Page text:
Being “30 somethings,” Wayne and Angie are known affectionately by many of the Med set as “the kids.” Back home, they were designers. Angie was self-employed and Wayne was an owner of a fast growing partnership company employing 70, when they bought their boat (in Norway), sold out, completely refurbished the boat, and dropped the lines for the sailing life. That was four years ago, and since then they’ve put a fair few sea miles under the keel from England to Turkey and back to Malta. They even did an Atlantic crossing as crew on their friends’ boat, to get long-distance experience.

The biggest surprise for them about cruising has been that it’s a lot more difficult than they thought it would be. “The worst thing about the Med is the sailing,” says Wayne. “You either have too much wind or not enough wind,” adds Angie. They are history aficionados and steep themselves in the history of every place they visit. They love that aspect of cruising and also, the chance to explore new cultures. However, while in Malta, they’ve been at a bit of a crossroads trying to map out the next chapter of their lives – to set up shop and work in Malta, to sail further afield outside Europe, or to swallow the anchor. These are the questions they’ve been pondering. They recently accepted jobs in Malta, to beef up the cruising kitty. Tom and I know only too well the importance not only of keeping the income flowing, but also, of adding variety to the lifestyle, so we applaud their decision and wish them every success.




Jarl Lindblom 35
Eero and Pirjo Ranta
Hanko, Finland 

Our neighbors in the marina, Eero and Pirjo, boat builder and carpenter respectively, are on a one-year sailing sabbatical from their jobs back home. In fact, they need to be back in Finland  by June 1, as Eero has a 35-foot boat to build and he plans to do it in one year’s time, not the one and a half years usually taken for that type of project. Before leaving Finland, they completely refurbished their classic, 74-year-old sailboat with a fascinating history, transforming her into the elegant beauty she is today.

The winds typically blow at 35 knots in their area of Finland, so Johanna and her crew are of hardy stock. With Eero and Pirjo, we explored the hiking paths of Malta, walked the ancient cobbled streets, shared meals and even a few drinks. Tom and I enjoyed their humor and were in awe of their entertaining and guiding skills as they hosted a string of family and friends while in Malta, 30 in all, going out for daysails regularly. We joked that they should be on salary with the Malta Chamber of Commerce. Their return route will find them sailing to the Italian island of Pantelleria, then Tunisia, Sardinia, and the French Canals. Their hope is to head off again in 10 years time, for a longer, much more leisurely sailing sabbatical, perhaps aboard a larger boat.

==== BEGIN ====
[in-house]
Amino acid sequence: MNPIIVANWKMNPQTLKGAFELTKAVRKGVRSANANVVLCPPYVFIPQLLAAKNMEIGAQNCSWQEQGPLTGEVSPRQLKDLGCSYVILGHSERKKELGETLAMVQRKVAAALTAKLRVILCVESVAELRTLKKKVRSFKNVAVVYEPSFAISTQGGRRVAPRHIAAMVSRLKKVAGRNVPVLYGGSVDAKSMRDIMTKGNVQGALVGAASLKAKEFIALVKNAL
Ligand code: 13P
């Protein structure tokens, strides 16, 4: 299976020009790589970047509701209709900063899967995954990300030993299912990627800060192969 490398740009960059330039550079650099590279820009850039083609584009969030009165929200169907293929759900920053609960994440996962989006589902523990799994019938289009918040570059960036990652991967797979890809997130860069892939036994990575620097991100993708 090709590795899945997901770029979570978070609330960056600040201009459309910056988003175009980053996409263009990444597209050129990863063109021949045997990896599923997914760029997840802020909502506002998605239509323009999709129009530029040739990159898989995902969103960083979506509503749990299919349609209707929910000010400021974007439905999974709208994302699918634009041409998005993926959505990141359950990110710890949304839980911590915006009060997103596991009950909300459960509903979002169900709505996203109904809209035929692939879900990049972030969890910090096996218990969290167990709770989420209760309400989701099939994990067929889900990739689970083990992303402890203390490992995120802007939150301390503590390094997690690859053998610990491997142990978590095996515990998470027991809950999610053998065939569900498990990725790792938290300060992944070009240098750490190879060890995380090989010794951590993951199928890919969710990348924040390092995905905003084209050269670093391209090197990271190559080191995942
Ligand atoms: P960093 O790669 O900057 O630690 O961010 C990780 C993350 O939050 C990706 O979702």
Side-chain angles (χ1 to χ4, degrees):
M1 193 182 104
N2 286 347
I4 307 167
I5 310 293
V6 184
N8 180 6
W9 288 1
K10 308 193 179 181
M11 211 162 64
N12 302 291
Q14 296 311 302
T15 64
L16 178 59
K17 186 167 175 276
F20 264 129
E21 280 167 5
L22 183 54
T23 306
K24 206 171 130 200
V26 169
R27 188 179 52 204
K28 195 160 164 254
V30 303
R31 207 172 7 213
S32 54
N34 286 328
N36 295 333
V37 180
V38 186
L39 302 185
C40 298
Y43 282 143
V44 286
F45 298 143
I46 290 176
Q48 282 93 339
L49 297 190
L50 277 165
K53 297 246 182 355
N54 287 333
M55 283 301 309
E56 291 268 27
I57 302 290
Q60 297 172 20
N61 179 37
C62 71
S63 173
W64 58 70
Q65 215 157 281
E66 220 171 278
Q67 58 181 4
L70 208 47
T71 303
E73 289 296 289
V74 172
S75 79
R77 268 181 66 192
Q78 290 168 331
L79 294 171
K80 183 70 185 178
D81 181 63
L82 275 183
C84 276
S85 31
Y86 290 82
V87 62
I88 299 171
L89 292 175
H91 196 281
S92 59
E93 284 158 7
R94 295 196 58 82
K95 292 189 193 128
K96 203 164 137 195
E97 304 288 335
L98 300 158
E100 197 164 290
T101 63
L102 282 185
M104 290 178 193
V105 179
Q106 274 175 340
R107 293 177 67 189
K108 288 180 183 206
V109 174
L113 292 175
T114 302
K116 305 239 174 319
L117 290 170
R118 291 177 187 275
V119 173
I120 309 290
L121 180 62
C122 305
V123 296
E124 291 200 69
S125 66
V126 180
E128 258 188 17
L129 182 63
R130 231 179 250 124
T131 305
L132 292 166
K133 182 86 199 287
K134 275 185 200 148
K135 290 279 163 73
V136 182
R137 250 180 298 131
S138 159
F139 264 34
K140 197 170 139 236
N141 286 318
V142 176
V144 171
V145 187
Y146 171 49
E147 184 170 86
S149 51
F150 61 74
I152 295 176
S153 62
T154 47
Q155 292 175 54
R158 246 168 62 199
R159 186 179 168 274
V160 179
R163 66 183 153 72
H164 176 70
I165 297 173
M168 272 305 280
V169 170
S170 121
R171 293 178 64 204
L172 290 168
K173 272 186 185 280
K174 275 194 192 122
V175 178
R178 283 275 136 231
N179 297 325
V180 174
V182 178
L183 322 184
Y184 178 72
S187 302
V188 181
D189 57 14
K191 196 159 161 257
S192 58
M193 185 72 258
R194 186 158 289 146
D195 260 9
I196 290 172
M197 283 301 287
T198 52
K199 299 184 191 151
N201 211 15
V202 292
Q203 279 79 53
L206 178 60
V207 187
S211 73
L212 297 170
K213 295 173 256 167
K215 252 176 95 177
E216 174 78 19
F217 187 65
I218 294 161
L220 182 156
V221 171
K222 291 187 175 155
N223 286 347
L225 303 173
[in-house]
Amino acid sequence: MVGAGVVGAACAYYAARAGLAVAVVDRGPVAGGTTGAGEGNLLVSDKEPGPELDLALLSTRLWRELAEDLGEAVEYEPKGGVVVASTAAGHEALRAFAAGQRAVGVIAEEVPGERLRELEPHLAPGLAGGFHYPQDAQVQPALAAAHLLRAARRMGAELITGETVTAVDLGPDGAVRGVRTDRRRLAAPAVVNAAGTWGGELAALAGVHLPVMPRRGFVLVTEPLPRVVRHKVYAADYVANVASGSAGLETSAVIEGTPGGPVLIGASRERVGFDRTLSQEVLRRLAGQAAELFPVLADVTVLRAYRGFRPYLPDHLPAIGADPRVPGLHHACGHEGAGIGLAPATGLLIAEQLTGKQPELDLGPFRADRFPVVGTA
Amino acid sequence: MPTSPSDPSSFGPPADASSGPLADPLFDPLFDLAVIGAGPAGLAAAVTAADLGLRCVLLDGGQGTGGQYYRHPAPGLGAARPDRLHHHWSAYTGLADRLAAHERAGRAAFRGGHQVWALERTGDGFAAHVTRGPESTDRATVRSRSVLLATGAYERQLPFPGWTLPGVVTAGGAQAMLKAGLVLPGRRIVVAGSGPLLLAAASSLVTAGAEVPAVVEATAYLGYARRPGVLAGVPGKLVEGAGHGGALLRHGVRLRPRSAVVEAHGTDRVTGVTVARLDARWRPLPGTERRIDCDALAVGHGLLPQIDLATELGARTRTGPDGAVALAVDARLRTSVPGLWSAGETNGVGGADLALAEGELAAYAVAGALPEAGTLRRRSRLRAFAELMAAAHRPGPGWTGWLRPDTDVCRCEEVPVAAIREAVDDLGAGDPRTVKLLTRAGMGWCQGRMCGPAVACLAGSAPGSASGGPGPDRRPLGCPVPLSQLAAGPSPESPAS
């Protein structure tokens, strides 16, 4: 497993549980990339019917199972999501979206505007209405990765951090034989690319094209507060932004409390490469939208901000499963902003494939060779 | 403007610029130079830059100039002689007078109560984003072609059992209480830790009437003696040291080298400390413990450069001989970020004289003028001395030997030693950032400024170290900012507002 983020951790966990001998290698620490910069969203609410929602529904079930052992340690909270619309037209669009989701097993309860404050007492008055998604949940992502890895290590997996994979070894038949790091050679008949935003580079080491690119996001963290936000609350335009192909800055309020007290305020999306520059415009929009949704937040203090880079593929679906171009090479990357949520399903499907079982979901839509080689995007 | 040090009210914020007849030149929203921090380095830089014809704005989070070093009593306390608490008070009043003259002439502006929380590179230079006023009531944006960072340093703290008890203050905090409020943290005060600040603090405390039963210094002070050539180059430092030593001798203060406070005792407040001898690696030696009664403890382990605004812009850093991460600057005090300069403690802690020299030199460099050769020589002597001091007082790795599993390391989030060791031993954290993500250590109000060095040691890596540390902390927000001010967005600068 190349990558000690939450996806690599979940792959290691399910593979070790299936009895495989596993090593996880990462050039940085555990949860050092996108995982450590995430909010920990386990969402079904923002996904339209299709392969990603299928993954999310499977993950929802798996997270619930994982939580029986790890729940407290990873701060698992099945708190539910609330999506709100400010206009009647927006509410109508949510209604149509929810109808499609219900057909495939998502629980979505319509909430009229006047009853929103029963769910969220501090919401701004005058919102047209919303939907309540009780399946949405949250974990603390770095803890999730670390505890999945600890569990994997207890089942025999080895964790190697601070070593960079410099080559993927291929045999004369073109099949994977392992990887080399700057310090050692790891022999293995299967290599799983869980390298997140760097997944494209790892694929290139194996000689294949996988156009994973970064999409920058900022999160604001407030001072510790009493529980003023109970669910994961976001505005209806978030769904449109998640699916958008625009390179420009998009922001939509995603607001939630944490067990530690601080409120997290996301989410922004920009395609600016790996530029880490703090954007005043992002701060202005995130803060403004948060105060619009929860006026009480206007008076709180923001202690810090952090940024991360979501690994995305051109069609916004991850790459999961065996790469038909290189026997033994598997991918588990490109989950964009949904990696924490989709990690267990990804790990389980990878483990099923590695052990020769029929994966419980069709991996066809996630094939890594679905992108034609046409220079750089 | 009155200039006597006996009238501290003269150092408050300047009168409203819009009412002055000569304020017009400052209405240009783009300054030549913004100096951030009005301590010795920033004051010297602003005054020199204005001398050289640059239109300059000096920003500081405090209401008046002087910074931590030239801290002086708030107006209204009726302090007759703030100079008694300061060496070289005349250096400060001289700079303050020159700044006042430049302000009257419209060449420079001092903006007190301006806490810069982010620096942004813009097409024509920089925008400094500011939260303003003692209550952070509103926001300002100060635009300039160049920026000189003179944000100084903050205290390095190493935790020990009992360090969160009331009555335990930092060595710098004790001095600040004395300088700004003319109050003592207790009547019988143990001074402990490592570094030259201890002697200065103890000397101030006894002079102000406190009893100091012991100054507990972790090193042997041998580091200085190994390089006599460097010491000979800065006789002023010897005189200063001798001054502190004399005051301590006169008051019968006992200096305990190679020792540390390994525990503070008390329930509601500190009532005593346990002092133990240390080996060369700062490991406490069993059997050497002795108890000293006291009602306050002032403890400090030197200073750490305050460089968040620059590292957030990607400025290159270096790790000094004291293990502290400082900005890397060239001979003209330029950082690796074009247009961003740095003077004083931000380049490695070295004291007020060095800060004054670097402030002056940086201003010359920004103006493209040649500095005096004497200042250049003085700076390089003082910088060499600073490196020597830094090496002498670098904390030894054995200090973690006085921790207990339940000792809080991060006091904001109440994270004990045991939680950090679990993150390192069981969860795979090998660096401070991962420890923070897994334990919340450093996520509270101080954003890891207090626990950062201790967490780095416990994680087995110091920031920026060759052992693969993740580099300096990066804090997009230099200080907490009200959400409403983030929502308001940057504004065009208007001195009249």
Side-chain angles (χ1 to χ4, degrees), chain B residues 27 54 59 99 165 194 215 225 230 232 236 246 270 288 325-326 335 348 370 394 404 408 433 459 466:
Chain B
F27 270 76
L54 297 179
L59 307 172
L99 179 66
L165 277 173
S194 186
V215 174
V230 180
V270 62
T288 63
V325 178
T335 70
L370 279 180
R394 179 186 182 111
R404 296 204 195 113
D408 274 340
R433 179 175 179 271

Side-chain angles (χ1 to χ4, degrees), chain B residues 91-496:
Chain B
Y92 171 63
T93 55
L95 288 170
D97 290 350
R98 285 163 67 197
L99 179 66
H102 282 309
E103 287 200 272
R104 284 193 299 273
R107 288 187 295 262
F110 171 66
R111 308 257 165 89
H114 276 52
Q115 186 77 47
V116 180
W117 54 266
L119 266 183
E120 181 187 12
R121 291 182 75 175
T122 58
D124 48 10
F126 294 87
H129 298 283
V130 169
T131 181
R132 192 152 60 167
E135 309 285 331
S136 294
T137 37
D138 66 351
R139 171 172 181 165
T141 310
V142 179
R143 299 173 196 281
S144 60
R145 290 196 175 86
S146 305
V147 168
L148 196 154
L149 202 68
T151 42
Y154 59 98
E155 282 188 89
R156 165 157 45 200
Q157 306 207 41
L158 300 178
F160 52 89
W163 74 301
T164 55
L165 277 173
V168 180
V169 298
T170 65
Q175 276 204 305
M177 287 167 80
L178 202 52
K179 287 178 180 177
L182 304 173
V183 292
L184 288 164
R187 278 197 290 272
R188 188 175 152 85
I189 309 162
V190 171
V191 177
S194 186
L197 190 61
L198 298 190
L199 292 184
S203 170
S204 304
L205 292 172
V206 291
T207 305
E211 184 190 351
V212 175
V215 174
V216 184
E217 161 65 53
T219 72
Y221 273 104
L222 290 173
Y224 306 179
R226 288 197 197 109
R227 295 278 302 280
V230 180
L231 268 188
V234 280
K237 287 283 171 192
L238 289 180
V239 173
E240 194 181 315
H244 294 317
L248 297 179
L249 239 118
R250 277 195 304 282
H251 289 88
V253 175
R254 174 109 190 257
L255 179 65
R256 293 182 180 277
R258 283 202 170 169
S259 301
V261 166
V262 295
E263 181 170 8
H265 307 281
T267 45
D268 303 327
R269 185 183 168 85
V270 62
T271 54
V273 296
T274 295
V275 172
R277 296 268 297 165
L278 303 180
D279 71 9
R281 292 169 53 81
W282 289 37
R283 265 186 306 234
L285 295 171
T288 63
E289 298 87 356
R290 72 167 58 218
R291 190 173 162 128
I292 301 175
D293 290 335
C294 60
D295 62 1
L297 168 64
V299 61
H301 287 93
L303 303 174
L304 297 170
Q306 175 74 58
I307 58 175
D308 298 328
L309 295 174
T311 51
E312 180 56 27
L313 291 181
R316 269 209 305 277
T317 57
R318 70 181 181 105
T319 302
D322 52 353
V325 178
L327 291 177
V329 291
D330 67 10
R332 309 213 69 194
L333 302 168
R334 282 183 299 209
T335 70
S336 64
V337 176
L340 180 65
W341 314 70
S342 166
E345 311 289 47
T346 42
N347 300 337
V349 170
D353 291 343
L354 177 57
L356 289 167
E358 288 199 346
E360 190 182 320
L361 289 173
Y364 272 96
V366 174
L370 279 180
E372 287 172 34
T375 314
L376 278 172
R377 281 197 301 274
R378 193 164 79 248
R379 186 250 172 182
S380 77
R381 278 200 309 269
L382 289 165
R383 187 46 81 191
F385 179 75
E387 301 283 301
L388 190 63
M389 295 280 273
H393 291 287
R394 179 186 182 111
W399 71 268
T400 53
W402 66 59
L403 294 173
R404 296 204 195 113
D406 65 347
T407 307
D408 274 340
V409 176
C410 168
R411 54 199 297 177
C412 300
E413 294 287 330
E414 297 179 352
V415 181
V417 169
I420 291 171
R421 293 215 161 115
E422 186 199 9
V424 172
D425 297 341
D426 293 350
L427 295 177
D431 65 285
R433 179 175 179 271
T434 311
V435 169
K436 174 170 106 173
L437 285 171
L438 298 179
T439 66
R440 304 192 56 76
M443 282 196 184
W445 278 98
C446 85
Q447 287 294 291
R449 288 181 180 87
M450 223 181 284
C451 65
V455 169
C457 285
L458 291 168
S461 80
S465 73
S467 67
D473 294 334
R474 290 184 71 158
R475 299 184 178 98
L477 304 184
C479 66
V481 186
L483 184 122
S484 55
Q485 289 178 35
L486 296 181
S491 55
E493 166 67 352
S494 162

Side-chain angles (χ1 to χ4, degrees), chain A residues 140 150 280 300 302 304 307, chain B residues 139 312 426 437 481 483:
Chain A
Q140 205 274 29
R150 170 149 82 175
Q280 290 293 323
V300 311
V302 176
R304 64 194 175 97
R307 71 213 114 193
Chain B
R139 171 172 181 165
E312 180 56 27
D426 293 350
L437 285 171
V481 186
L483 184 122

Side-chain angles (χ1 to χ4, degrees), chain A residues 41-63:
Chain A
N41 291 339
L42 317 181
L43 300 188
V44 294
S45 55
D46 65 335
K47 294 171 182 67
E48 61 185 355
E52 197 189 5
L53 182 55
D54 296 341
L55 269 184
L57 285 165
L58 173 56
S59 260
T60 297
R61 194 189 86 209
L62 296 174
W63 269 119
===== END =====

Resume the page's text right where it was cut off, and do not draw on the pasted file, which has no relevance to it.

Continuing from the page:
Rhumb Line

Whitby 42
Ted and Trish Mead 
Burlington, Vermont

Ted, a retired engineer, and Trish, a sailmaker, swimmer, and hiker extraordinaire, are no strangers to cruising, having visited just about every Mediterranean country on the chart, as well as the Caribbean, eastern U.S., and Canada. When asked what his favorite cruising grounds were, Ted unhesitatingly replied, “the east coast of Maine. It’s just beautiful and never crowded. A close second would be Scotland.” 

Trish likes every place, but the Bahamas and the Peloponnese of Greece stand out. You see them zooming around on their bicycles and it’s not hard to believe that they’ve done a lot of skiing, camping, and general adventuring in the past. They simply glow with joie de vivre but after four years in the Caribbean and 12 in the Mediterranean, this energetic pair, who carry their years (81 and 65) with aplomb, have decided to put their boat on the market. They’re not certain what they’ll do or where they’ll settle if and when their well-found, lovely boat sells, but they’re thinking about Mexico (among other locations). Sounds like a good plan to us as Mexico is one of our favorite places. In the meantime, springtime will find them exploring Tunisia.

A Gallery Of Friends

Here are a few more smiling faces from the family of Malta cruisers, taken over the winter of 2009. Enjoy…

Angelique: George and Bernadette (Australia and Germany) Aquatint: John and Carol (UK) Aurora: Rusty and Jean (UK)
Bonus: John and Barbara (UK)   Cantana: Goran and Aylin (Sweden and Turkey)
DeepBlue: Chris and Sandra (UK) Buruda: Mike and Pat (Malta)  Makka: Mark and Maxine (Malta)
Penguin: Phil and Maria (Australia)   Quintessence: Jim and Daphne (UK)
Sea Fox: Phil and Wendy (UK) Diatonic: Tony and Di (UK) Ymer: Lars and Carin (Sweden)